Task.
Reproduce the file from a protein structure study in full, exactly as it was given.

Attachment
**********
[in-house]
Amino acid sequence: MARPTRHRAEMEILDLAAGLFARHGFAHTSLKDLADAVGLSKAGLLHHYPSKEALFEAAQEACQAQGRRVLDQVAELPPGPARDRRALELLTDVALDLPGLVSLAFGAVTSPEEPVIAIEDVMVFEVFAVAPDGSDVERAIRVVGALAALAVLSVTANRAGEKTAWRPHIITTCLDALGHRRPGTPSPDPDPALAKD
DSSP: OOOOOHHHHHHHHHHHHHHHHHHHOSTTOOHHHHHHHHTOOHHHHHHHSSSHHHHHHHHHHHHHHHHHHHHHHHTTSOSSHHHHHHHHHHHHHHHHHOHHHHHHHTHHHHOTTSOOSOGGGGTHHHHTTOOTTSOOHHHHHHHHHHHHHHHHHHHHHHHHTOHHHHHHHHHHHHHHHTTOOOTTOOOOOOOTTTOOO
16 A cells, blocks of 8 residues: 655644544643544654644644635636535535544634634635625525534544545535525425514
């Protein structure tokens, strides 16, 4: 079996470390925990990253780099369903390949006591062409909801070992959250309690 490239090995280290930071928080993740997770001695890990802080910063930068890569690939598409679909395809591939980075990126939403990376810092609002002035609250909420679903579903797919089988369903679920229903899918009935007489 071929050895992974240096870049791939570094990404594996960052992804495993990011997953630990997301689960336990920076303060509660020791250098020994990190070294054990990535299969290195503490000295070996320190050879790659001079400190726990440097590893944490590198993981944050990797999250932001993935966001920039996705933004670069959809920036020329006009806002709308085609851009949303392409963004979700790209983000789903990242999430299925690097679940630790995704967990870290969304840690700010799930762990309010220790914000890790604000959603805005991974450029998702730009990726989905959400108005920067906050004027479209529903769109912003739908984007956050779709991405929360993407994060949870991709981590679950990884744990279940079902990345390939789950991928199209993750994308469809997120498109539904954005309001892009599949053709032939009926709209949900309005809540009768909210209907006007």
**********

[in-house]
Amino acid sequence: MARPTRHRAEMEILDLAAGLFARHGFAHTSLKDLADAVGLSKAGLLHHYPSKEALFEAAQEACQAQGRRVLDQVAELPPGPARDRRALELLTDVALDLPGLVSLAFGAVTSPEEPVIAIEDVMVFEVFAVAPDGSDVERAIRVVGALAALAVLSVTANRAGEKTAWRPHIITTCLDALGHRRPGTPSPDPDPALAKD
DSSP: OOOOOHHHHHHHHHHHHHHHHHHHOSTTOOHHHHHHHHTOOHHHHHHHSSSHHHHHHHHHHHHHHHHHHHHHHHTTSOSSHHHHHHHHHHHHHHHHHOHHHHHHHTHHHHOTTSOOSOGGGGTHHHHTTOOTTSOOHHHHHHHHHHHHHHHHHHHHHHHHTOHHHHHHHHHHHHHHHTTOOOTTOOOOOOOTTTOOO
16 A cells, blocks of 8 residues: 655644544643544654644644635636535535544634634635625525534544545535525425514
């Protein structure tokens, strides 16, 4: 079996470390925990990253780099369903390949006591062409909801070992959250309690 490239090995280290930071928080993740997770001695890990802080910063930068890569690939598409679909395809591939980075990126939403990376810092609002002035609250909420679903579903797919089988369903679920229903899918009935007489 071929050895992974240096870049791939570094990404594996960052992804495993990011997953630990997301689960336990920076303060509660020791250098020994990190070294054990990535299969290195503490000295070996320190050879790659001079400190726990440097590893944490590198993981944050990797999250932001993935966001920039996705933004670069959809920036020329006009806002709308085609851009949303392409963004979700790209983000789903990242999430299925690097679940630790995704967990870290969304840690700010799930762990309010220790914000890790604000959603805005991974450029998702730009990726989905959400108005920067906050004027479209529903769109912003739908984007956050779709991405929360993407994060949870991709981590679950990884744990279940079902990345390939789950991928199209993750994308469809997120498109539904954005309001892009599949053709032939009926709209949900309005809540009768909210209907006007």